By Rabbi Yair Hoffman for 5tjt.com
The League of Nations was the first worldwide governmental organization of nations. It’s purpose was to ensure world peace. The organization lasted for a 26 years and 3 months– from January 1920 to April of 1946. Ultimately, the League of Nations failed both in fulfilling its purpose as well as not lasting as an organization – the United Nations having taken its place on the world stage.
Why did the League of Nations fail?
Historians will tell you five reasons:
- because the United States never joined it.
- Or they may point to the fact that it had no armed forces of its own.
- Some will attribute its demise to the fact that it was generally weak.
- Some will point out that when Germany withdrew and subsequently attacked the world, its reputation suffered terribly and was never to recover.
- Finally, other historians attribute its demise to a combination of the above factors.
PERHAPS A DEEPER REASON
Perhaps, there may be a deeper reason. Perhaps it is a reason that stands at the very heart of why the world exists. But first, a short preface:
Hashem is the Ultimate Giver, and He rewards Good and punishes evil. The observance of Shabbos is where and when we declare this ideal to the world. Shabbos has always been viewed as the symbol or flag of the Jewish nation. Just as patriots look at their flag as more than a mere dyed cloth with fancy designs, so too is Shabbos viewed in the eyes of the Jewish people. It is a sign of our deep belief in G-d’s absolute Oneness – He created the world and all that is in it, He is the One and Only, the source of everything, the One who rewards good and punishes evil. Ain Od Milvado.
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NOT A KODAK MOMENT
The city of Rochester, New York is the home of a very fine Yeshiva. It is also the headquarters of the Eastman Kodak Company. George Eastman was an American millionaire and entrepreneur who implemented a very non-Shabbos friendly calendar at his company from the years 1928-1989.
George Eastman’s calendar had 13 months with 28 days each, divided into exactly 4 weeks. An extra day called “Year Day” was added as a holiday at the end of the year. It did not belong to any week. The repercussions of Eastman’s calendar and “Year Day” would mean that every 7 years Shabbos would be on a Monday for the whole year. The next year it would be on a Tuesday for the whole year; and so on and so on.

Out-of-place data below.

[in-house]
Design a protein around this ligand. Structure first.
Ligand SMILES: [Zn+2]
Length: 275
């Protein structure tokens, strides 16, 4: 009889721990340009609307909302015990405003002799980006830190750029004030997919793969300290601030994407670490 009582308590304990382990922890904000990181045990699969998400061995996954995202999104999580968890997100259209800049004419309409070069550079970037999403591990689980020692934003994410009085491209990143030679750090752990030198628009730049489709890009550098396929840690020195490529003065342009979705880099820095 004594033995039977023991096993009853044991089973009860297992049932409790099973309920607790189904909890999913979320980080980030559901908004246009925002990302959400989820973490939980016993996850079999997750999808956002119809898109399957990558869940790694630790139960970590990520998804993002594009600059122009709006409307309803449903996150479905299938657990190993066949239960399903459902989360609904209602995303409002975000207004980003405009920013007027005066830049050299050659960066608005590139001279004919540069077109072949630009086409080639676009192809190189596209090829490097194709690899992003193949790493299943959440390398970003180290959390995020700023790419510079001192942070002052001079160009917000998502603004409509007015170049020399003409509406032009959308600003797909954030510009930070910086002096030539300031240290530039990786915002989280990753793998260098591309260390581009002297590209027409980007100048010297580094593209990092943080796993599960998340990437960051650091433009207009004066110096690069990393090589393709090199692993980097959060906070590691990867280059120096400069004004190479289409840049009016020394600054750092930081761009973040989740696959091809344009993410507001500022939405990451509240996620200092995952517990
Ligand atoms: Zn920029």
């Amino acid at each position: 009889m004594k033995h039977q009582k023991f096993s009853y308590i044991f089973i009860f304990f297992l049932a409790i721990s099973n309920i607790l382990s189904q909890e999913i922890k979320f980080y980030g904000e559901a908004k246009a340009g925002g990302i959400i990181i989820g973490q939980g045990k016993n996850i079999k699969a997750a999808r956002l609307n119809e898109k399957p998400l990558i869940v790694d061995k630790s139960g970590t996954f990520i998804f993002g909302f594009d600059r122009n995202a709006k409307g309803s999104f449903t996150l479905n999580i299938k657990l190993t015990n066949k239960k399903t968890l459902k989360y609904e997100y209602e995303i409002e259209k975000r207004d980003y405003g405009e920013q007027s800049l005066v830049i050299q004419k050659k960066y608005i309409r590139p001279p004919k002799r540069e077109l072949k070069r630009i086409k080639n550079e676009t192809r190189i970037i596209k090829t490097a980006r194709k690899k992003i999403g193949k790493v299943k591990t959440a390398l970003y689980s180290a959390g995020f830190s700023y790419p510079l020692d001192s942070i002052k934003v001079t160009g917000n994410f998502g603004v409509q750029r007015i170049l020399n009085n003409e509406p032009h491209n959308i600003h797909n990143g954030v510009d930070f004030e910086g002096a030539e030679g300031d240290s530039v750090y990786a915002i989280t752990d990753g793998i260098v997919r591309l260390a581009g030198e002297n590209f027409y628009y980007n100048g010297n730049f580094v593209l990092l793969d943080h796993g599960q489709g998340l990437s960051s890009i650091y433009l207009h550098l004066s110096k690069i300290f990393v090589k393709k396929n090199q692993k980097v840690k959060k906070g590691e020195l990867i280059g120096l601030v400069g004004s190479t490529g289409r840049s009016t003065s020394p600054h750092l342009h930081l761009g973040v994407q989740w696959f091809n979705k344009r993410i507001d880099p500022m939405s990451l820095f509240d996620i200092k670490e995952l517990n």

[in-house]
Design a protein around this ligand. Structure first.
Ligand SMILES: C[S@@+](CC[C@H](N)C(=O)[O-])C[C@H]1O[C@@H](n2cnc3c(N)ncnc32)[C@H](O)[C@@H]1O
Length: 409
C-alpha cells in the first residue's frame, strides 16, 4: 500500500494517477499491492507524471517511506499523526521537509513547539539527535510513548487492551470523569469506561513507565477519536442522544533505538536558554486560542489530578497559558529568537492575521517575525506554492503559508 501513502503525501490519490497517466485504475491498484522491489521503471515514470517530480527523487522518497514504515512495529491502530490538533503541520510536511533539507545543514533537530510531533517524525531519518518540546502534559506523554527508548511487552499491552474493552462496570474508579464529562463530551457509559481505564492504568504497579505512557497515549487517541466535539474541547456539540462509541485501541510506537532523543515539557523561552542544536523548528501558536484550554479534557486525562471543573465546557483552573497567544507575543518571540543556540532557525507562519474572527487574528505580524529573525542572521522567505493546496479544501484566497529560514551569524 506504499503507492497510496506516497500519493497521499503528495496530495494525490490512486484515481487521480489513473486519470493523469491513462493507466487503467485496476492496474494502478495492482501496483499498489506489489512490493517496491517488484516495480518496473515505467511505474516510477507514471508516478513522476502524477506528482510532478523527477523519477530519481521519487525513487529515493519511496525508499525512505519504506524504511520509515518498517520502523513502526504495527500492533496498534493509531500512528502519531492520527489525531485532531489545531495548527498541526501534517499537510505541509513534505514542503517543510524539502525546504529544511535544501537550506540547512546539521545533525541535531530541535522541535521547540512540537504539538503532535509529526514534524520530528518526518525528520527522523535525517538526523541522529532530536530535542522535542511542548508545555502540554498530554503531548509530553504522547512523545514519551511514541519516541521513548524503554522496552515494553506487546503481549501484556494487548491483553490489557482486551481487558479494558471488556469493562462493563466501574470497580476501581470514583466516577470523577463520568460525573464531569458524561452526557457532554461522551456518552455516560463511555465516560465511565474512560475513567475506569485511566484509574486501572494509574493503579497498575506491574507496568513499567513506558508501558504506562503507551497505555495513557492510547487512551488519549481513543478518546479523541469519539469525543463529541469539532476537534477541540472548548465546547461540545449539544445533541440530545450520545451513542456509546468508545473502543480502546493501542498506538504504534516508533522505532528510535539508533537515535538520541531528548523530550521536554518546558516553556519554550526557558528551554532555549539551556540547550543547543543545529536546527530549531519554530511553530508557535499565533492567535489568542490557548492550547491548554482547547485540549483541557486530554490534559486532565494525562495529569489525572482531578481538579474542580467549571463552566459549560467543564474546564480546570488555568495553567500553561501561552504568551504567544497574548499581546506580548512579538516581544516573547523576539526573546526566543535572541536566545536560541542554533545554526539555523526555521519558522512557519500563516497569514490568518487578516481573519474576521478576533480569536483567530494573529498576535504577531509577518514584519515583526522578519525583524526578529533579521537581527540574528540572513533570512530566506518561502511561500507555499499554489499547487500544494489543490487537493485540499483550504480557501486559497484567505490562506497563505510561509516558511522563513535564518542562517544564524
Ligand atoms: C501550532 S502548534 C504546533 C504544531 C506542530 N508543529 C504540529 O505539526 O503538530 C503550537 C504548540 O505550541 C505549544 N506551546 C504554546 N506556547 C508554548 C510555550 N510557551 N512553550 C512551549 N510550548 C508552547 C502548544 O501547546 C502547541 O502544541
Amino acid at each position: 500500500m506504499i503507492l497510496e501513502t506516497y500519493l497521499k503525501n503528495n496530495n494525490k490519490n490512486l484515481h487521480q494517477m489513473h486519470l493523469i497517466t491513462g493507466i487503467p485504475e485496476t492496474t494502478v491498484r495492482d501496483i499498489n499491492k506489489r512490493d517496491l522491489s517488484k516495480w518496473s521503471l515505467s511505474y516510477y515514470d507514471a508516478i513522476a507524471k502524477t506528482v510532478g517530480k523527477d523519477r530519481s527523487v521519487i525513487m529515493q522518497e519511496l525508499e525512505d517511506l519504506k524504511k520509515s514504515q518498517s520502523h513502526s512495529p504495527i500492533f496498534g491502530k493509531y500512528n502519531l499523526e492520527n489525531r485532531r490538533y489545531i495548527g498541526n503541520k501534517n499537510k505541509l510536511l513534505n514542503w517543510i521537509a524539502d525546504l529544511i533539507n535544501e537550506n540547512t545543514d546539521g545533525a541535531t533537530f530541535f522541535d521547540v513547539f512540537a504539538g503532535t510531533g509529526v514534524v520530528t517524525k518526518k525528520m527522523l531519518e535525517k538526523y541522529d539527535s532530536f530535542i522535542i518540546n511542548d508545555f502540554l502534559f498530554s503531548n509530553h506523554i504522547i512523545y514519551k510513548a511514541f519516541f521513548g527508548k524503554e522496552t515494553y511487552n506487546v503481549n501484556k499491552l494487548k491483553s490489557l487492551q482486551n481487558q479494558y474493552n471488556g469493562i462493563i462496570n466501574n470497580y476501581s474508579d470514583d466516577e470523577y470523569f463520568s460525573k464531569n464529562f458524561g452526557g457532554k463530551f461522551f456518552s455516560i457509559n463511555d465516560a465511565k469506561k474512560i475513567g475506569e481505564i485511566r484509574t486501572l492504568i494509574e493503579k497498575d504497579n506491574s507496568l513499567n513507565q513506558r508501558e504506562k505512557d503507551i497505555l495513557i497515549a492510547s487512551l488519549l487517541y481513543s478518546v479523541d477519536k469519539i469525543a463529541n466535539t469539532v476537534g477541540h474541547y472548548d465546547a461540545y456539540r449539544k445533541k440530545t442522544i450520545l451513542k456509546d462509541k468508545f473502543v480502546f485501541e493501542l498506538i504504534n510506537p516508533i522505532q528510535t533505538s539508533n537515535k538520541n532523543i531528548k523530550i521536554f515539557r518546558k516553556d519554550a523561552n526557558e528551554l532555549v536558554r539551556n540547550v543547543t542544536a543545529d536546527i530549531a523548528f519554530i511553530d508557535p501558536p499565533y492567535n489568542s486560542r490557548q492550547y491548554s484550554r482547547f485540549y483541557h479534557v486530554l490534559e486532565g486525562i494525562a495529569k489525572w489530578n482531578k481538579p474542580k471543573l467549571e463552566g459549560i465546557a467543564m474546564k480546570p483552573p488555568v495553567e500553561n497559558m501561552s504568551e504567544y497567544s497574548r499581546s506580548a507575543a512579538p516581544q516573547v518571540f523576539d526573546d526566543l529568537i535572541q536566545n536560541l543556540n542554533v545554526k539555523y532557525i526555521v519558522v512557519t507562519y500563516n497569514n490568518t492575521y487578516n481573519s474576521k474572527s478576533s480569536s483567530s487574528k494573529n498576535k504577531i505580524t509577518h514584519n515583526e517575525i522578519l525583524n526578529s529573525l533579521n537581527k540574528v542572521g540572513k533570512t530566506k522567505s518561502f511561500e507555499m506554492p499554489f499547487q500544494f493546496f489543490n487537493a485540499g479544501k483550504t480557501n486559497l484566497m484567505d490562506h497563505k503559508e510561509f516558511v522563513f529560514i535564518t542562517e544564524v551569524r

GEORGE EASTMAN WAS STUBBORN
George Eastman pushed and pushed his agenda. He pushed so hard that the League of Nations wanted to adopt it wholesale. To promote the calendar, the International Fixed Calendar League was founded in 1923. The plan was selected by the League of Nations as the best of 130 calendar proposals put forward. The League opened offices in London and in Rochester, New York.
A special section of the League of Nations called “Communications and Transit” was formed in 1923 and the calendar committee was put together. There were six members of the committee: a Dutch Professor, a French astronomer, the president of the International Chamber of Commerce and three representatives of various churches – the Vatican, the Greek Orthodox Church, and the Archbishop of Canterbury. They met in Geneva. The Jews were promised a place on the committee, but this was denied them.
On January 31st, 1925, the committee ultimately agreed to allow 4 Jewish leaders to attend the February 16th hearing in geneva. These leaders were Orthodox Rabbis. It was temporarily delayed, but the issue was pushed forward almost everywhere.
In 1928, Congressman Stephen Porter tried to get the United States committed to the idea of the reformation of the calendar, but Solomon Bloom a New York congressman was able to put a stop to it by demanding a hearing from those whom it would effect.
The League of Nations took up the idea again in 1929, and once again the Jewish world mobilized to ensure that Shabbos was not sacrificed on the alter of business efficiency.
THE POSSIBLE DEEPER REASON
The deeper reason we are suggesting for the failure of the League of Nations is that they tried to upend the observance of Shabbos – throughout the world. We know from Megilas Esther that Hashem employs socioeconomic and political forces to make things happen. Perhaps there was a Divine punishment to this international organization on account of this attempt.
Perhaps this can answer another question as well, in regard to Sefer Tehillim. The second chapter of Sefer Tehillim begins as follows:
Why have nations gathered and [why do] kingdoms think vain things? Kings of a land stand up, and nobles take counsel together against the Lord and against His anointed? “Let us break their bands and cast off their cords from us.”
But when, in history, did this happen? Rashi brings two explanations – one during the time of Moshiach and the other in regard to Dovid HaMelech himself. The Ibn Ezra agrees with the second pshat in Rashi. But if it just refers to the Plishtim, the use of the plural terms “nations” and “kingdoms” and gathering seems somewhat strange. If, however, we are referencing a League of Nations – it seems to fit slightly better.
This idea may either be a third possibility, or it could possibly be part of the first pshat in Rashi. Regardless, the battle to save Shabbos in the years 1924 to 1931 is a fascinating period in Global History. Perhaps we should place more effort into studying it.
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